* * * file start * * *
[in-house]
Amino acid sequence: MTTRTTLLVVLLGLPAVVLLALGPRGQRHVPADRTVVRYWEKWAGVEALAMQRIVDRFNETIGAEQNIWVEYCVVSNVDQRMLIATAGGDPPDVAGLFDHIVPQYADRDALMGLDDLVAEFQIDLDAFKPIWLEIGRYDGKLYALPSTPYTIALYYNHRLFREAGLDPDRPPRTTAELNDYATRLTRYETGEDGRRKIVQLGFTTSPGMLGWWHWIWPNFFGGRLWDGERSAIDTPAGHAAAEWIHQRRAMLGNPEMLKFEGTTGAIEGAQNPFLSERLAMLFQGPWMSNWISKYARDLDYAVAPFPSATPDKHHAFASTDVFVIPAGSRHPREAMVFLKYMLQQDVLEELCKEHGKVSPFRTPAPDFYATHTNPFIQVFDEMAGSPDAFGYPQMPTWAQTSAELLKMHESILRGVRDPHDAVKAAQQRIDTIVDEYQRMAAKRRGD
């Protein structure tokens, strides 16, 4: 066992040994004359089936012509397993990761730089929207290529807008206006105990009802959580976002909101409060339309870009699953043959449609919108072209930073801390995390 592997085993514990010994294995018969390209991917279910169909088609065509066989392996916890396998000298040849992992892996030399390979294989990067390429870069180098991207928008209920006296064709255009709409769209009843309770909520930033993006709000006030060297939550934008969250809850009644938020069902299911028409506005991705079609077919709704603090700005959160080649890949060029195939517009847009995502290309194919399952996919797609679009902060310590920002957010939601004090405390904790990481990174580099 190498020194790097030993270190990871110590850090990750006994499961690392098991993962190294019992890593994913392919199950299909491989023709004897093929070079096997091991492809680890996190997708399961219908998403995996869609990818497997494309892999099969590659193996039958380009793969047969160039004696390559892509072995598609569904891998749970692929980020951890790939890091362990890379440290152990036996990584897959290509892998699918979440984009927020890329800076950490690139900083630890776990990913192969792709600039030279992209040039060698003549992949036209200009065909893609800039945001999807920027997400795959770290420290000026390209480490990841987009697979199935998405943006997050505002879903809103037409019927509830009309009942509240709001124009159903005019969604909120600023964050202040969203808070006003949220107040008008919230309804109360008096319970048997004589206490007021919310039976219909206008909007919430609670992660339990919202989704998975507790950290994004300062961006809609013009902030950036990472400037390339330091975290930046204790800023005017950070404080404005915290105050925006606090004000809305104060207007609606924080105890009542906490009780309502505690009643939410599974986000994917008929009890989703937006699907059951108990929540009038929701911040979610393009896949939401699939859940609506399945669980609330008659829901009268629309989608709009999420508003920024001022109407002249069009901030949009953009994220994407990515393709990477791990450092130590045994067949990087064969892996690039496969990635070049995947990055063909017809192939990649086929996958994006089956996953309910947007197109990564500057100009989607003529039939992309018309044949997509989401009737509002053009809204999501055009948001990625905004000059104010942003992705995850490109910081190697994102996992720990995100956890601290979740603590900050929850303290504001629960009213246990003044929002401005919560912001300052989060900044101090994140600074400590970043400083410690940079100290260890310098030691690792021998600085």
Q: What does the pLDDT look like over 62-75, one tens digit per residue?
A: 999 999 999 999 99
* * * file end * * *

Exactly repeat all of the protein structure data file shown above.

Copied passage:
[in-house]
Amino acid sequence: MTTRTTLLVVLLGLPAVVLLALGPRGQRHVPADRTVVRYWEKWAGVEALAMQRIVDRFNETIGAEQNIWVEYCVVSNVDQRMLIATAGGDPPDVAGLFDHIVPQYADRDALMGLDDLVAEFQIDLDAFKPIWLEIGRYDGKLYALPSTPYTIALYYNHRLFREAGLDPDRPPRTTAELNDYATRLTRYETGEDGRRKIVQLGFTTSPGMLGWWHWIWPNFFGGRLWDGERSAIDTPAGHAAAEWIHQRRAMLGNPEMLKFEGTTGAIEGAQNPFLSERLAMLFQGPWMSNWISKYARDLDYAVAPFPSATPDKHHAFASTDVFVIPAGSRHPREAMVFLKYMLQQDVLEELCKEHGKVSPFRTPAPDFYATHTNPFIQVFDEMAGSPDAFGYPQMPTWAQTSAELLKMHESILRGVRDPHDAVKAAQQRIDTIVDEYQRMAAKRRGD
């Protein structure tokens, strides 16, 4: 066992040994004359089936012509397993990761730089929207290529807008206006105990009802959580976002909101409060339309870009699953043959449609919108072209930073801390995390 592997085993514990010994294995018969390209991917279910169909088609065509066989392996916890396998000298040849992992892996030399390979294989990067390429870069180098991207928008209920006296064709255009709409769209009843309770909520930033993006709000006030060297939550934008969250809850009644938020069902299911028409506005991705079609077919709704603090700005959160080649890949060029195939517009847009995502290309194919399952996919797609679009902060310590920002957010939601004090405390904790990481990174580099 190498020194790097030993270190990871110590850090990750006994499961690392098991993962190294019992890593994913392919199950299909491989023709004897093929070079096997091991492809680890996190997708399961219908998403995996869609990818497997494309892999099969590659193996039958380009793969047969160039004696390559892509072995598609569904891998749970692929980020951890790939890091362990890379440290152990036996990584897959290509892998699918979440984009927020890329800076950490690139900083630890776990990913192969792709600039030279992209040039060698003549992949036209200009065909893609800039945001999807920027997400795959770290420290000026390209480490990841987009697979199935998405943006997050505002879903809103037409019927509830009309009942509240709001124009159903005019969604909120600023964050202040969203808070006003949220107040008008919230309804109360008096319970048997004589206490007021919310039976219909206008909007919430609670992660339990919202989704998975507790950290994004300062961006809609013009902030950036990472400037390339330091975290930046204790800023005017950070404080404005915290105050925006606090004000809305104060207007609606924080105890009542906490009780309502505690009643939410599974986000994917008929009890989703937006699907059951108990929540009038929701911040979610393009896949939401699939859940609506399945669980609330008659829901009268629309989608709009999420508003920024001022109407002249069009901030949009953009994220994407990515393709990477791990450092130590045994067949990087064969892996690039496969990635070049995947990055063909017809192939990649086929996958994006089956996953309910947007197109990564500057100009989607003529039939992309018309044949997509989401009737509002053009809204999501055009948001990625905004000059104010942003992705995850490109910081190697994102996992720990995100956890601290979740603590900050929850303290504001629960009213246990003044929002401005919560912001300052989060900044101090994140600074400590970043400083410690940079100290260890310098030691690792021998600085």
Q: What does the pLDDT look like over 62-75, one tens digit per residue?
A: 999 999 999 999 99